The above-described organic polymers have a high capability of capturing evaporated fuel. This capability is based on their power of dissolving into, or of being swollen by a fuel, such as gasoline or the like. This is because of the affinity between the organic polymers and evaporated fuel is quite high.
In the sorbing device according to the second aspect of the invention, evaporated fuel passes through an organic polymer sorbent and a layered porous silica sorbent in the order described above. Because of this, evaporated fuel is at first sorbed by the organic polymer sorbent, and the rest is then sorbed by the layered porous silica sorbent.
The organic polymer sorbent is also highly capable of capturing large molecules containing 6 or more carbon atoms. Because of this, the load of the layered porous silica sorbent can be markedly reduced by contacting evaporated fuel with the organic polymer sorbent in advance to its contact with the layered porous silica.
In particular, in cases where evaporated fuel is contaminated with liquid, the liquid portion can be at first sorbed by the organic polymer in the first sorbing chamber. The layered porous silica therefore can be almost free from the duty of absorbing liquid.
Accordingly, the fuel-sorbing functions of the organic polymer and the layered porous silica can be divided in an effective manner, and hence the durability of the fuel-sorbing device can be further improved.
As described hereinabove, in the fuel-sorbing devices according to the first and second aspects of this invention, layered porous silica is used as a sorbent for evaporated fuel. Layered porous silica has a high capability of capturing evaporated fuel. This is because the surface of the sorbent is hydrophobic and hence is highly capable of sorbing organic substances. In addition, the ultimate working capacity of the sorbent can be quite high since it contains a large volume of pores. Furthermore, the high working capacity does not deteriorate with the lapse of time since large molecules containing 6 or more carbon atoms can also be readily desorbed.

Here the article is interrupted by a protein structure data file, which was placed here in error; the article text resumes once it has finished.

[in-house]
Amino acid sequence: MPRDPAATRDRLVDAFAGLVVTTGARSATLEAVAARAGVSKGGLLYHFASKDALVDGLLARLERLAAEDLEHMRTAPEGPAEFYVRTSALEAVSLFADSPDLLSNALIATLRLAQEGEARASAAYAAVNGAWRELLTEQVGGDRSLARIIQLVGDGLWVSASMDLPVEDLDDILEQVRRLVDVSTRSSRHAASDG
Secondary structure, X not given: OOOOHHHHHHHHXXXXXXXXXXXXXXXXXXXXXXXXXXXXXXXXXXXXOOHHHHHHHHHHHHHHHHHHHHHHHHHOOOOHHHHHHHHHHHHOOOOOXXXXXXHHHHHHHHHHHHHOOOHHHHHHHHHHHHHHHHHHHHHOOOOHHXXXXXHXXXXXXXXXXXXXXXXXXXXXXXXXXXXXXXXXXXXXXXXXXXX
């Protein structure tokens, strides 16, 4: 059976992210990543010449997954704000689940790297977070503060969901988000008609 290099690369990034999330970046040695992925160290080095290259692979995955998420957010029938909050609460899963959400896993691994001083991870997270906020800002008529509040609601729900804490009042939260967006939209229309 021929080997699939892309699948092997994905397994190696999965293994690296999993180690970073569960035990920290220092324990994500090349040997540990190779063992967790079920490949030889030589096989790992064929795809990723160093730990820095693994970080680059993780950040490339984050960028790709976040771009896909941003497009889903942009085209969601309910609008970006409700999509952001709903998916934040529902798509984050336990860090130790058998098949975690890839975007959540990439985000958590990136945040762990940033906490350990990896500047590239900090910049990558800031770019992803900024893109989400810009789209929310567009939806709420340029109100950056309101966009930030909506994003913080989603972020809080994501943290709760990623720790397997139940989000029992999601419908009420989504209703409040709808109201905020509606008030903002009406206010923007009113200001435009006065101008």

Explanation will be given in further detail. Layered porous silica has a hydrophobic surface and hence sorbs organic substances quite well. The number of isolated hydroxide groups present on the surface of layered porous silica is smaller, in comparison with conventional silica gels marketed. In general, the hydrophobicity of a surface is reverse proportional to the number of isolated hydroxide groups present thereon. Accordingly, the surface of layered porous silica can be considered to be hydrophobic.
In addition to this, large molecules containing 6 and more carbon atoms can be readily desorbed from layered porous silica. The surface of active carbon, used in the prior art, is covered with functional groups, such as oxygen-containing functional groups. Such a surface has a strong affinity for organic substances and hence causes irreversible sorption. On the other hand, it is presumed that the surface of layered porous silica is covered with SiO2 and a small quantity, if any of hydroxyl groups. Because of this, physical sorption takes place dominantly at the time when organic substances are sorbed, and hence sorbed organic substances can be readily desorbed.
The volume of pores contained in the layered porous silica is quite large. It is presumed that this large volume of pores is based on the fact that the skeleton of the porous silica is made of very thin walls which form the pores in a highly efficient manner.
As is described hereinabove, evaporated fuel can be sorbed and desorbed highly effectively by utilizing the characteristics of layered porous silica in accordance with this invention.
Accordingly, there can be provided by this invention a fuel-sorbing device which is excellent in the capability of capturing evaporated fuel.
Examples of this invention will be explained hereinbelow.
Fuel capturing capability of layered porous silica synthesized from kanemite was determined. Results obtained are shown in FIG. 2.